I am totally, 100% convinced, that if the world collectively puts its intelligence, energies and resources into solving the climate crisis–which of necessity means a turn away from wars for oil and natural gas and the huge sums of money and human energy put into them–that we can prevent catastrophic climate change. We cannot prevent years, decades, of disrupted and often highly destructive weather, but it can be ameliorated and, working together, the world can be about economic and infrastructure changes that help those most impacted by these changes over the coming decades.
Day 99: This Tuesday morning the 11th, around 10 a.m., on the 99th day of my climate emergency fast, I’m going to the Senate office on Capitol Hill of Mitch McConnell, the top-
ranking Republican in the Senate. And I’m going to stay there for a while, attempting to draw attention to the anger that a lot of us feel about this latest outrage by Republican leaders in Washington out of touch with even their own rank and file. According to a recent Zogby poll, 77% of Republicans agree that utilities should be required to produce some of their energy from clean sources such as wind and solar.
Despite this reality, McConnell led the Republicans in a successful effort Friday morning to defeat a surprisingly good—for this Congress—energy bill passed by the House on Thursday. A key part of that bill, and a part singled out by Republicans as a main reason for their opposition, was a requirement that 13 years from now, by 2020, utility companies must get 15% of their power from renewable sources, from the sun, wind, tides, the earth’s heat and other clean sources.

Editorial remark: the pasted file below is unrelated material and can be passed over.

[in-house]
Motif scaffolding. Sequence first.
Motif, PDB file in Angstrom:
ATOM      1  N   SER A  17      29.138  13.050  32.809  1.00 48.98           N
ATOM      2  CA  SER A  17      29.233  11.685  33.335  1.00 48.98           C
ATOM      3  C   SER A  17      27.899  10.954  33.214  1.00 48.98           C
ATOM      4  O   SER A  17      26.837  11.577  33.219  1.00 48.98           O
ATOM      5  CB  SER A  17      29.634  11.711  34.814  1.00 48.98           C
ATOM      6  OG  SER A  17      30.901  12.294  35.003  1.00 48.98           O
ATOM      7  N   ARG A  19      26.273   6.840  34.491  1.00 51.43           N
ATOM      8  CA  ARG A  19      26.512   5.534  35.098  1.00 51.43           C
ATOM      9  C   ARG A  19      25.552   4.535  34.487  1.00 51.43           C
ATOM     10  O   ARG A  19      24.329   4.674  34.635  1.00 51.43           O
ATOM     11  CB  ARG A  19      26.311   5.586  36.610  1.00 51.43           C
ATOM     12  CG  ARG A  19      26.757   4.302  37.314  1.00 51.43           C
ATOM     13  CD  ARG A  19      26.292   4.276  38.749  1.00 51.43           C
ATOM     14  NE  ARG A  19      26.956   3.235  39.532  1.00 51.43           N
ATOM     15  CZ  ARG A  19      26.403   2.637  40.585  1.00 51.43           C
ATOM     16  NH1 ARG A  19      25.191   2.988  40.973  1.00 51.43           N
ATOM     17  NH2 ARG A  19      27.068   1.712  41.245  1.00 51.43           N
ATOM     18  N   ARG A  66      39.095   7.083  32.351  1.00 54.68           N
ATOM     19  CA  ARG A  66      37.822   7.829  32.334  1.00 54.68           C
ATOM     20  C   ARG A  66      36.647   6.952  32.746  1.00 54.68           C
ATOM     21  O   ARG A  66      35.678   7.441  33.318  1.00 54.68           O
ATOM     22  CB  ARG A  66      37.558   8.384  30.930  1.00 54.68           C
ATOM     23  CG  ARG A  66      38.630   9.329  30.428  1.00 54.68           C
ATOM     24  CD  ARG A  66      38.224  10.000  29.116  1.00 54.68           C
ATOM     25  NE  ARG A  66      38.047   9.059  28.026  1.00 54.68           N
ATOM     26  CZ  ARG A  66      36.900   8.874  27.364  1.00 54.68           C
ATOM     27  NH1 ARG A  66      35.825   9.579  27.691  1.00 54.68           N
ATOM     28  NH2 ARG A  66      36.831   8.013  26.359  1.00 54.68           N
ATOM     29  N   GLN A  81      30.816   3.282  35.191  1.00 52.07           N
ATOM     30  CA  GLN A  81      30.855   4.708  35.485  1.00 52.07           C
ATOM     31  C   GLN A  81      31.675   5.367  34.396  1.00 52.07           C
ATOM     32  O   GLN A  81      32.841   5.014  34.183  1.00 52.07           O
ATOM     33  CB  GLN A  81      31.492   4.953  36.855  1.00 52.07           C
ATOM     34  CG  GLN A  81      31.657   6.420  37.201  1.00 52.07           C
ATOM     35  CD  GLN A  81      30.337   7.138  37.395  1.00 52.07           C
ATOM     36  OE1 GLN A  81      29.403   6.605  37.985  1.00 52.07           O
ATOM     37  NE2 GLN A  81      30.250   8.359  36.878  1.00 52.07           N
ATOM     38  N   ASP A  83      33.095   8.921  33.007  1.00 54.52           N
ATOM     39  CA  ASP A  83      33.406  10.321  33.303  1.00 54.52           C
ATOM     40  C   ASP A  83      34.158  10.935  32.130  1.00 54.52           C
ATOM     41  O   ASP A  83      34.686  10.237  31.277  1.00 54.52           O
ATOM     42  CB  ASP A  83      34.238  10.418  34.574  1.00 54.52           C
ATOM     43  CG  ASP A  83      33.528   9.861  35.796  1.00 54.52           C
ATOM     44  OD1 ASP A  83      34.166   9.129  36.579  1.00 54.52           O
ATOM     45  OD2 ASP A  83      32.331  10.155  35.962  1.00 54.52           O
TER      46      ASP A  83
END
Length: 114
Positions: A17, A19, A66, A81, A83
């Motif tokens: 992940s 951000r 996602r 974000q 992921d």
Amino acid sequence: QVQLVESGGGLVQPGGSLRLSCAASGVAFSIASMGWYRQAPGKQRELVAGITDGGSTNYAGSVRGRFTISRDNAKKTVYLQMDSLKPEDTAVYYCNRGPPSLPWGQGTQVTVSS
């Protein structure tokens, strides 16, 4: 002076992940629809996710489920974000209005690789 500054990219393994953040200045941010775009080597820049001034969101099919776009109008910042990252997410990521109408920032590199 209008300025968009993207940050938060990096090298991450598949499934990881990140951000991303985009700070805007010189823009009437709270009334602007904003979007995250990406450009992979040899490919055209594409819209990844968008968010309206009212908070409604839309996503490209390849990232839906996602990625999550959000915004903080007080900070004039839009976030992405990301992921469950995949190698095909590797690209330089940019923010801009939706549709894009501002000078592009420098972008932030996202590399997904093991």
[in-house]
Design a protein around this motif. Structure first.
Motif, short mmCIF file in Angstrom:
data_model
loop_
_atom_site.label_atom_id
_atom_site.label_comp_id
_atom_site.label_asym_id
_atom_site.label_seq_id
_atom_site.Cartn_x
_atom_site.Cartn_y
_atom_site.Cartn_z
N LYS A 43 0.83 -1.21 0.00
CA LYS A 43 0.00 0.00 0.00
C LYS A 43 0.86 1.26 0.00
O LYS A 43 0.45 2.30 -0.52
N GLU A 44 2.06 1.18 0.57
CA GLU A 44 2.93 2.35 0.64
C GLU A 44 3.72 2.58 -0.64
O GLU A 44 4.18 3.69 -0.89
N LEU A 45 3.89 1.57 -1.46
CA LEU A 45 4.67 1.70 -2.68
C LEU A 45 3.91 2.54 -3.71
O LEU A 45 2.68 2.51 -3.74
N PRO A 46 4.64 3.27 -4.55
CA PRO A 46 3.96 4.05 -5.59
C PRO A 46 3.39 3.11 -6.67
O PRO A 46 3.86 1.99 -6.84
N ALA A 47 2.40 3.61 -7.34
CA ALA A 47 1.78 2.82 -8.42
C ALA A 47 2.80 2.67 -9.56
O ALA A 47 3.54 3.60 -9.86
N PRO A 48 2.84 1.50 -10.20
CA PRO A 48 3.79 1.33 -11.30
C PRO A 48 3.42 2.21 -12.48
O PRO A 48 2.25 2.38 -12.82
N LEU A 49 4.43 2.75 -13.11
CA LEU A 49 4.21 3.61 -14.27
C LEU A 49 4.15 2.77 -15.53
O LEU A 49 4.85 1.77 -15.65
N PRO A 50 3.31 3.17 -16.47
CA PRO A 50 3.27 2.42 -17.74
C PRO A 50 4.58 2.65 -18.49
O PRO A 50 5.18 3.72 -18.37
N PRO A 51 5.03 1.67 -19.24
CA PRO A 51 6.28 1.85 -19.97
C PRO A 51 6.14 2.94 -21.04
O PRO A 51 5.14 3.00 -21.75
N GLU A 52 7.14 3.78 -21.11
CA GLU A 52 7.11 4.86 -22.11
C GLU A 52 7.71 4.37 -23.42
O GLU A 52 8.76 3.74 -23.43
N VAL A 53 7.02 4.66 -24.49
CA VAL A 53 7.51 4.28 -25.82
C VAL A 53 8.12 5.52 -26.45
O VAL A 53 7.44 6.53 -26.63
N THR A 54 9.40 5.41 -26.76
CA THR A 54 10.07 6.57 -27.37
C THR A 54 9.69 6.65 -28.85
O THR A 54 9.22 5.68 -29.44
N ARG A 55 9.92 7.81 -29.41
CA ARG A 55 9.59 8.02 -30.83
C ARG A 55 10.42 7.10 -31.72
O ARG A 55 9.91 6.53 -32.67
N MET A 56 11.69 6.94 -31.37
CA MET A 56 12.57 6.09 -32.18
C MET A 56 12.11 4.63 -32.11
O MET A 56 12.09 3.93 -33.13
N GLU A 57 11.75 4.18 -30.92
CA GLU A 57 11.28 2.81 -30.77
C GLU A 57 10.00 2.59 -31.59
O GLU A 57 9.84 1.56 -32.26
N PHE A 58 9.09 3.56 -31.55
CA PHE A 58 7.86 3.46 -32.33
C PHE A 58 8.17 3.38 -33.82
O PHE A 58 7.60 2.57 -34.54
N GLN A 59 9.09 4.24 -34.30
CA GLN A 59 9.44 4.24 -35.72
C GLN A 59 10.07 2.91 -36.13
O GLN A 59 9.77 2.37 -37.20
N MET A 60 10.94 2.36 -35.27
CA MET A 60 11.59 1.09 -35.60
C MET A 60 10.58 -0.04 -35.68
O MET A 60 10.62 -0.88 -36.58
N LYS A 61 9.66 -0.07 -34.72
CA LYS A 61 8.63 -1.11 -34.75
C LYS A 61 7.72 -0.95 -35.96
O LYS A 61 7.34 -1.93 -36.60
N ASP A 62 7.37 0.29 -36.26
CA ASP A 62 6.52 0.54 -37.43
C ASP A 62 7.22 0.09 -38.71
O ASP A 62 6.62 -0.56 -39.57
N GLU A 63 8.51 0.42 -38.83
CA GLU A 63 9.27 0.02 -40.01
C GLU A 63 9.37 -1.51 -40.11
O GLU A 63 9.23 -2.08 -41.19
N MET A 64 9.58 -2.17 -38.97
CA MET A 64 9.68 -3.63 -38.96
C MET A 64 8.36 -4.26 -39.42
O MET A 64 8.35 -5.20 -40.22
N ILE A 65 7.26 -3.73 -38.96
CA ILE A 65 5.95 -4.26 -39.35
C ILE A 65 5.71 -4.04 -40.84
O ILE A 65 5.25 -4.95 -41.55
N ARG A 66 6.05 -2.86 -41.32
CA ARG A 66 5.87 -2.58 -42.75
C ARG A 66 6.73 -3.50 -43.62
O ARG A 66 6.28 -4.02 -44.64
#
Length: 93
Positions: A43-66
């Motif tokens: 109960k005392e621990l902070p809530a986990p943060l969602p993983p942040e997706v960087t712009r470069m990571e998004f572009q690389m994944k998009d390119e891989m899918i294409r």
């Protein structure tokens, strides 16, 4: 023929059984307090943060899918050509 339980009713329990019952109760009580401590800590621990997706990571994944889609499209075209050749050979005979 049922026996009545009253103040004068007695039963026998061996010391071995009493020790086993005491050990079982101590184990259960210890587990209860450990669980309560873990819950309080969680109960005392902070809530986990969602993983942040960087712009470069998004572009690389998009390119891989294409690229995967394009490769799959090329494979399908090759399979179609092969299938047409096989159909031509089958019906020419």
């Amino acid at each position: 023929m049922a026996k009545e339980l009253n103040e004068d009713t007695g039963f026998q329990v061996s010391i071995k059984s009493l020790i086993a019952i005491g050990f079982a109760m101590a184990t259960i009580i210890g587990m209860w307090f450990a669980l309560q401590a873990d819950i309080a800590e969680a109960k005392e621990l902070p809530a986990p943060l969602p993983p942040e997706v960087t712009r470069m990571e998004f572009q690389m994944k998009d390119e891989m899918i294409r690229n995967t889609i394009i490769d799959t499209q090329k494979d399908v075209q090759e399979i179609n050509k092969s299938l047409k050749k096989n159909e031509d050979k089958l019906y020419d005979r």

Never mind the fact that half the states have already passed legislation mandating something similar, some of them with stronger requirements. Never mind the fact that there was a 20% reduction in the amount of sea ice in the Arctic between the end of this summer and the end of the summer of 2005. Never mind the fact that the House renewables requirement is actually quite modest, as is true for other parts of the bill.
It is absolutely clear that what we need is not a 1% a year increase in renewable energy, or a 3/4 of a mile per year increase in fuel efficiency standards, which is what the gasoline mileage efficiency provision of the House bill provides for, to an average of 35 miles per gallon by 2020.
What we need is a full-fledged, deep-seated, through-going clean energy revolution. If we’re going to have a chance of avoiding the catastrophic climate change that we’re staring down the gun barrel at right now, we must make that qualitative and quantitative shift as soon as possible. We must do on the energy issue what we did in 1942 when the U.S., following the December 7, 1941 attack on Pearl Harbor, rapidly shifted from a peacetime to a wartime economy in the battle to defeat Hitler and Japanese fascism.
This time, we need to defeat the oil and coal interests and their enablers in other parts of the economy and in Congress. Those are the corporate interests who are behind what McConnell and his partners did on Friday.
Day 100: These 100 days of not eating on this soon-to-end fast have only deepened my personal commitment to do everything I can each day to help us get to where we need to go.
And I’ve re-learned something else on this fast. It’s that you become more human, more alive, a more positive human being when you are willing to risk something for what you believe.
On this fast I’ve risked damage to my health. I’ve also risked spending long hours in jail by my participation in three acts of nonviolent civil disobedience, yesterday being the latest when Jane Califf, my wife, and I were arrested in the office of Senate Republican Minority Leader Mitch McConnell while demanding that Republican Senators support the inclusion of renewable energy
in the energy bill currently being negotiated. The other two were on September 27th, at the U.S. State Department protesting the Bush administration’s sham climate conference of the world’s major carbon polluting nations, and on October 22nd up on Capitol Hill as part of the first No War No Warming action.